I really love pizza, and have not yet done the dish justice on this blog. I need to fix that. And in an effort to do just that, I happily visited Anthony’s Coal Fired Pizza, on the corner of Dale Mabry and Fletcher. Anthony’s is apparently a chain of upscale pizza places, most of which are in Florida. Right off the bat, there are two problems here: chain, and upscale. These are not things I look for in a pizza place. Even so, I took my chances and checked it out.
The price range is between fifteen and twenty dollars per meal, which isn’t too bad I suppose. They offer some different specialty pizzas, a few sandwiches, some side dishes, and wings. Of course, their big draw is that they use a coal fired oven to cook their pizza, which is pretty awesome. So, if nothing else, you know going into this that you’re going to have an interesting tasting pizza.
The restaurant itself is a good size, and kept dark to maintain a “sexy” atmosphere (well, I mean it could be considered sexy… maybe). There is a bar, behind which you can see part of the kitchen area, including the ovens. But there ARE televisions everywhere. Just like any other idiot restaurant you go to!
We ordered a few side items as appetizers, and a pizza to split between the two of us.
This peculiar looking item is the “Eggplant Marino”, a dish made of thin sliced and lightly battered eggplant, fried, with tomato sauce and cheese. And it was awesome. It only had a light eggplant taste behind the sauce and the batter, but what really made it interesting was the texture – it reminded me or crepes, of all things. It was a good choice.
Of course I had to try their wings, which came disguised as a squid with bread horns. This is actually the first place I’ve been to in the course of the blog that made a big deal about presentation (which is a result of my preferring to go places that normal people eat…). Hidden underneath the grilled onions (which served little purpose) and a leafy green cilantro dude were actual wings. Chicken wings.
The wings were roasted in the coal oven, which was nice and gave it a good char. But don’t let the image mislead you – there was no traditional wing sauce, nor were these wings hot in any way. They were seasoned with various herbs, giving them a taste more reminiscent of baked chicken than buffalo wings. But it’s not like they ever claimed I was going to get a normal wing. They had a pretty good taste, but I didn’t know what to do with the onions, and the flavor was nothing special.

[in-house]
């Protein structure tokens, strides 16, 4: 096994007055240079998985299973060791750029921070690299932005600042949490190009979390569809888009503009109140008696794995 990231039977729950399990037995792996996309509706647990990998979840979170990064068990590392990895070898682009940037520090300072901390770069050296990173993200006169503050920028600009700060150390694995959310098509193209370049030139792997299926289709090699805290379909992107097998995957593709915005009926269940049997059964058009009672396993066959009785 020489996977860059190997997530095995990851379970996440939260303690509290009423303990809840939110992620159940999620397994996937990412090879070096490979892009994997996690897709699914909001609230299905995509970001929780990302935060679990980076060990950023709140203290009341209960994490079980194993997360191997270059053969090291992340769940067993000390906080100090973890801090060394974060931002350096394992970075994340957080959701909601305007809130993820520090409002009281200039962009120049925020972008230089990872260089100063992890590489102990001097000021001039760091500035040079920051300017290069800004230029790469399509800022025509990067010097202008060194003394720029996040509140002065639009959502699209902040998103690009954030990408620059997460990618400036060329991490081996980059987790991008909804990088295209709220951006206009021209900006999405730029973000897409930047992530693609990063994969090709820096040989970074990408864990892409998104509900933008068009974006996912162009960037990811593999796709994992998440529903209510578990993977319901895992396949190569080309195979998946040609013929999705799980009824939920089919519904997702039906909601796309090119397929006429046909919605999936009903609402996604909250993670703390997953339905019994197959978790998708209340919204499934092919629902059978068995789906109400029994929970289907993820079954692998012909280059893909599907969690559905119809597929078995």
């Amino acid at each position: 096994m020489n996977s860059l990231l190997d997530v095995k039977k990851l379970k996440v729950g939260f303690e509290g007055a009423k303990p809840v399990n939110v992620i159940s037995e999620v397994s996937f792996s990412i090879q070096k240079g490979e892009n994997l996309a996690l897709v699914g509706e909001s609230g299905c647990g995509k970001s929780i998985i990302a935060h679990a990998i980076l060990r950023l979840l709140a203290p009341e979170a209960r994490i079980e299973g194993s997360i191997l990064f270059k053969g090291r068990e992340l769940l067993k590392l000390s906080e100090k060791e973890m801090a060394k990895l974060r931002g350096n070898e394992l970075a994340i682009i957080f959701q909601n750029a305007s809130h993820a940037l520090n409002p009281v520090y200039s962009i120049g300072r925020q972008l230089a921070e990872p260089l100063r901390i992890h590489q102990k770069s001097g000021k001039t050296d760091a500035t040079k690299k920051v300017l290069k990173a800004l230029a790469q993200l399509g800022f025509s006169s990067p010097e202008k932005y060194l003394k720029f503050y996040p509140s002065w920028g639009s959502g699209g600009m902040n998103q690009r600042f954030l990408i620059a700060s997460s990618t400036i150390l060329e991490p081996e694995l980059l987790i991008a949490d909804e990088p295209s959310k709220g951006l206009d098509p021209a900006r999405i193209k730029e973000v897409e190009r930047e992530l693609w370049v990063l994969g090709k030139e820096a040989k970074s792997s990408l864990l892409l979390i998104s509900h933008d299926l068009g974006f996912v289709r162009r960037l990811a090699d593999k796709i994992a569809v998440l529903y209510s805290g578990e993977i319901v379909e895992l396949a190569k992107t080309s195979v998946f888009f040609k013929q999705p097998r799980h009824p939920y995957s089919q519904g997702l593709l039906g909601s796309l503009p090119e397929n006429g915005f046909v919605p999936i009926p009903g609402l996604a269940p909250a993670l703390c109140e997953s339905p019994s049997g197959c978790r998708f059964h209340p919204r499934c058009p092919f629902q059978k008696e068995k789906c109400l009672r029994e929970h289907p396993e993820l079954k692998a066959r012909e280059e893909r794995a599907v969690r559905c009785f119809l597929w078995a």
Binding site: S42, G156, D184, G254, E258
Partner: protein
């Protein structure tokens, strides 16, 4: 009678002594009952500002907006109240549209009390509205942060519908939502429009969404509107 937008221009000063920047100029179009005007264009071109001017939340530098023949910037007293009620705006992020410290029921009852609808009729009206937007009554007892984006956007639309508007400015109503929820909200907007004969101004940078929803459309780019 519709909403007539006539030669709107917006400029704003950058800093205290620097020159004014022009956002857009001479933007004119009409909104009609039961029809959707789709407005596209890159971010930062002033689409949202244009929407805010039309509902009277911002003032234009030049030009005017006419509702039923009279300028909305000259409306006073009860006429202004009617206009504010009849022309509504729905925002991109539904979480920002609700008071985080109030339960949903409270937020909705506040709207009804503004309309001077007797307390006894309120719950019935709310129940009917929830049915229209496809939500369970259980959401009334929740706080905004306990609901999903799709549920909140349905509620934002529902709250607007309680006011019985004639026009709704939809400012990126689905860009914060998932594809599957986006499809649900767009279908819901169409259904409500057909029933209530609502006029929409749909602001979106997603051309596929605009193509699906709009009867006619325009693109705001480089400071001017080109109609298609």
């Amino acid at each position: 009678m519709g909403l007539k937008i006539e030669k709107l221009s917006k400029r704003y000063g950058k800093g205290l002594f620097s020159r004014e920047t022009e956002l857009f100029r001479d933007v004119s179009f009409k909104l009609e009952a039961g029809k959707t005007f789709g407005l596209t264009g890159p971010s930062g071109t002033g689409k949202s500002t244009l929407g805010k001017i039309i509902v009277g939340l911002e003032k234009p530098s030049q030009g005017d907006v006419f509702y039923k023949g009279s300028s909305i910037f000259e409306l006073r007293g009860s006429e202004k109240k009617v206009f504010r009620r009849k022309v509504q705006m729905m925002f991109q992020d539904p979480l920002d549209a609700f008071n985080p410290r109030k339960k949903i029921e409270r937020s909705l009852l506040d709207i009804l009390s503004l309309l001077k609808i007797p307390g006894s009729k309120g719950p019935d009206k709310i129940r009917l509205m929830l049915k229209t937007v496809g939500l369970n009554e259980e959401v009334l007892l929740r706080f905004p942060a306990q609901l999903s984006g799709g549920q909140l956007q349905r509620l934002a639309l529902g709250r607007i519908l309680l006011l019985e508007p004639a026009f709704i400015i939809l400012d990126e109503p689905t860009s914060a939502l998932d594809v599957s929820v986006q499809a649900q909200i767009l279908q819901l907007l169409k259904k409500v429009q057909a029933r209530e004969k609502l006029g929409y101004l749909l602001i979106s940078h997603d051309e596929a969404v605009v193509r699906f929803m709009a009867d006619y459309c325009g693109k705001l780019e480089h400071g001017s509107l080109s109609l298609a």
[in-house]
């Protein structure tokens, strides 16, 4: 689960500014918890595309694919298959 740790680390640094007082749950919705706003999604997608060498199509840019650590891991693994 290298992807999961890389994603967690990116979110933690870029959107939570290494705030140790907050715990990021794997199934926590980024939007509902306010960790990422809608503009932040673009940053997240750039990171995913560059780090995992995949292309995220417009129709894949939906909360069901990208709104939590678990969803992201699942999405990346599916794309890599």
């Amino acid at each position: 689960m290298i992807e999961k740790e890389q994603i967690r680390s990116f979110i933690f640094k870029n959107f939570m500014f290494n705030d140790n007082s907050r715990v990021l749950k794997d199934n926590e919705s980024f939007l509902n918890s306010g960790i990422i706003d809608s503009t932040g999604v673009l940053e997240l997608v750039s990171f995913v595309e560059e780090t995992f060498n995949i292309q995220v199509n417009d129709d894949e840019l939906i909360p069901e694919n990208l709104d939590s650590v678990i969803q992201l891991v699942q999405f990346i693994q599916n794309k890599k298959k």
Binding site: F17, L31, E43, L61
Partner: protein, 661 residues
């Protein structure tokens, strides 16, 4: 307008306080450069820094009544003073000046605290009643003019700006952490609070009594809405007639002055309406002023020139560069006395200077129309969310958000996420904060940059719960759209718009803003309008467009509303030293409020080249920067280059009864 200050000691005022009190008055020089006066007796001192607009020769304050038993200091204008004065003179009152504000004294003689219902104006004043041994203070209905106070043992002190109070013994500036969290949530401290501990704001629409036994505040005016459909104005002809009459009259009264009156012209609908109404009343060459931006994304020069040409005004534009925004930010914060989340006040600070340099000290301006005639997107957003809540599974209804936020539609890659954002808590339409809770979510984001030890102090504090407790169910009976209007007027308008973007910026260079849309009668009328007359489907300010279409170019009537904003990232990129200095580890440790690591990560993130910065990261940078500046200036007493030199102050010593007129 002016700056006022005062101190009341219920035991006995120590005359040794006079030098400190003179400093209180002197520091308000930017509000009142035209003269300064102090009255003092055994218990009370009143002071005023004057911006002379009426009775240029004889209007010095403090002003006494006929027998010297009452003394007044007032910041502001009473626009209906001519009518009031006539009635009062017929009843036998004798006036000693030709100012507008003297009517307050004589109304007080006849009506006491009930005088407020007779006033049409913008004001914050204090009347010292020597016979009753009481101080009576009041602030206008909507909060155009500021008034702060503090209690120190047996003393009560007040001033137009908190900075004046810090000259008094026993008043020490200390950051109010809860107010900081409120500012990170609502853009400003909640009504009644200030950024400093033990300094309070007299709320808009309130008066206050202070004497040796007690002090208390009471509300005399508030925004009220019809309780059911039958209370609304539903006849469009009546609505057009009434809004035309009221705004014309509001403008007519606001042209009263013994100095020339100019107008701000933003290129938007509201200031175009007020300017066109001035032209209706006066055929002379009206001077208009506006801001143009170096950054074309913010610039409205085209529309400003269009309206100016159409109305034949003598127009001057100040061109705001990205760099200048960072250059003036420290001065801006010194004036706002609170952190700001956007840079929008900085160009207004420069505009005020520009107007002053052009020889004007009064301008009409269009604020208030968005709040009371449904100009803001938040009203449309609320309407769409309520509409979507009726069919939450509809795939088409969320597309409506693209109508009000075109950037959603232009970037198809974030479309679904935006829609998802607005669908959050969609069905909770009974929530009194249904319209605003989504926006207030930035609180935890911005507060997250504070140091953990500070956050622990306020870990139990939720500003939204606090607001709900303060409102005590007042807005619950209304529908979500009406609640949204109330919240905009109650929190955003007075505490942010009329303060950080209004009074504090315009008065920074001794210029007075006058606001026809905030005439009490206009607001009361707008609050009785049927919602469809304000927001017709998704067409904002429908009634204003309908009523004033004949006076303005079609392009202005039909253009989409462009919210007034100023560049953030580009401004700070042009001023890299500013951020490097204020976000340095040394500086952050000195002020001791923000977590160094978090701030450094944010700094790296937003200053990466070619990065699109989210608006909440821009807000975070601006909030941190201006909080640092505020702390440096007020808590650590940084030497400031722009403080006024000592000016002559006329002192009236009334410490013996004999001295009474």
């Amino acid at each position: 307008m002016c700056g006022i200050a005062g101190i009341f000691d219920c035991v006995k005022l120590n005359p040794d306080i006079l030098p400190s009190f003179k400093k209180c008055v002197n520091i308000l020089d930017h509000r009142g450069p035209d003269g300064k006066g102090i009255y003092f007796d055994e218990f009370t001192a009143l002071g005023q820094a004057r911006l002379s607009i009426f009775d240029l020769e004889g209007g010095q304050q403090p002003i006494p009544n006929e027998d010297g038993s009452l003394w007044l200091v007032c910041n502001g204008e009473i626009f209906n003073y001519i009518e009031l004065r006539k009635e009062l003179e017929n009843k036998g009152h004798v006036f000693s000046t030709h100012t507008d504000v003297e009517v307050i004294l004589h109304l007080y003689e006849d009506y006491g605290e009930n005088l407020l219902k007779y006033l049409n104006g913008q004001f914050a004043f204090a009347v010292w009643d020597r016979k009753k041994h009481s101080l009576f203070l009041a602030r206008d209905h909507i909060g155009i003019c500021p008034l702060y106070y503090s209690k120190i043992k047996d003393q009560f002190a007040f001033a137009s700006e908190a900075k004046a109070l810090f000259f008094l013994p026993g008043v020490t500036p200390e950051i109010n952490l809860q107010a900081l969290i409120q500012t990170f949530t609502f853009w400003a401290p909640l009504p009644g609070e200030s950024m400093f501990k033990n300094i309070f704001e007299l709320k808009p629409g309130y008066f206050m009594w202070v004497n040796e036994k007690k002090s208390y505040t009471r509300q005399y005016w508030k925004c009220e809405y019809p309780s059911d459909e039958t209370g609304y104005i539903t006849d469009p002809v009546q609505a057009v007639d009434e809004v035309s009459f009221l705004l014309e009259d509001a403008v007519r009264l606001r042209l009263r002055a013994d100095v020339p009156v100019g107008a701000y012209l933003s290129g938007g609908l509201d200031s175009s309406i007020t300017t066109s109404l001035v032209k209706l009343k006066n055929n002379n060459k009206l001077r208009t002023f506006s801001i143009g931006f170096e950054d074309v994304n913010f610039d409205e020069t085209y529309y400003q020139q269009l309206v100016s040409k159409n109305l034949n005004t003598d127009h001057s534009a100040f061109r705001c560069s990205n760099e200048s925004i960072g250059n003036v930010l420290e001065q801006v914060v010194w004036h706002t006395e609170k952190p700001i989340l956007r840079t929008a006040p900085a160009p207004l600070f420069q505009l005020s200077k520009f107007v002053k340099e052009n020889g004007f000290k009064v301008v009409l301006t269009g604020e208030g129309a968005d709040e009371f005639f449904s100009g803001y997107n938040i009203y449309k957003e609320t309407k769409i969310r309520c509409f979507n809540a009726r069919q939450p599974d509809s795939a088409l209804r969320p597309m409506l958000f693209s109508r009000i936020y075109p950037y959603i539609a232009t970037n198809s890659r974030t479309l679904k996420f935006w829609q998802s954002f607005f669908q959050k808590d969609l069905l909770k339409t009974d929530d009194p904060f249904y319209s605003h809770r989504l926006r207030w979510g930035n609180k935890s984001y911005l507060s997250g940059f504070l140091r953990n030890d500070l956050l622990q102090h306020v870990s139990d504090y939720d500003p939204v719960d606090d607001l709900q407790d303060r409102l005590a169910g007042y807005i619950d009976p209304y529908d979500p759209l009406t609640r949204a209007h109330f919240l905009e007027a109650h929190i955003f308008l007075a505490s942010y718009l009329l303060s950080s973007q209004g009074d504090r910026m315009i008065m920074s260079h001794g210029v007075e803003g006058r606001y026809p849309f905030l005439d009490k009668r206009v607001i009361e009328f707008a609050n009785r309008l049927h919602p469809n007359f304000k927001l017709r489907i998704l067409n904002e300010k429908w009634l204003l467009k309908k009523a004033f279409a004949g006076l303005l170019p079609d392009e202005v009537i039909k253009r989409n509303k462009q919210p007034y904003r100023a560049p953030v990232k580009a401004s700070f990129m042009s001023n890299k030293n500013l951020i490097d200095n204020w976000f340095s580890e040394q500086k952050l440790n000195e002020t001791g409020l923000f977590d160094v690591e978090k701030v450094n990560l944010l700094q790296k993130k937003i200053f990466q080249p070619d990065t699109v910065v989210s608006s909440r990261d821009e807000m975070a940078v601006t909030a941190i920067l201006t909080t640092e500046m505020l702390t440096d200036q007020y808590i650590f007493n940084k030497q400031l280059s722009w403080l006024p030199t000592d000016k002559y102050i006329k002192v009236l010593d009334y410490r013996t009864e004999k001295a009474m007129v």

But soon came the pizza! We ordered the “Paul & Young Ron Pizza”, which is topped with sausage, meatballs, peppers (you can choose hot or sweet; we chose both), and ricotta cheese. Yeah. Ricotta cheese. It had regular cheese too, and sauce, like a normal pizza, but ricotta was added on as part of this pizza’s personality. Actually, on reviewing their menu, it seems a lot of their specialty pizzas feature ricotta as part of their ‘personality’, a trait which I could do without. I just don’t care for the taste, or texture, of ricotta cheese. It’s not my thing. But I wasn’t choosing the pizza, so I went along with it.
All the toppings were excellent; the peppers were nice, large chunks, and the meatballs were great. I wish there had been more sausage, though. and less ricotta. The sauce and cheese were pretty much overshadowed by the toppings, but the most important part of the pizza was the crust. The crust was very thin, and cooked to blackened on the bottom in the hot coal oven. It was somewhat crispy, which was nice, and the dough was very tasty. This is the reason you’d go back to Anthony’s.
All in all, Anthony’s is nice, but it’s not my kind of place. Pizza and wings are food of the people, and I feel like Anthony’s chews them up and spits them out as food for people with “class” or “money” (both of which I lack), and in the process turns them into something that looses the magic of food you can find in grubby holes in the wall. But I still have to admit that coal fired pizza is a good experience, and worth a try.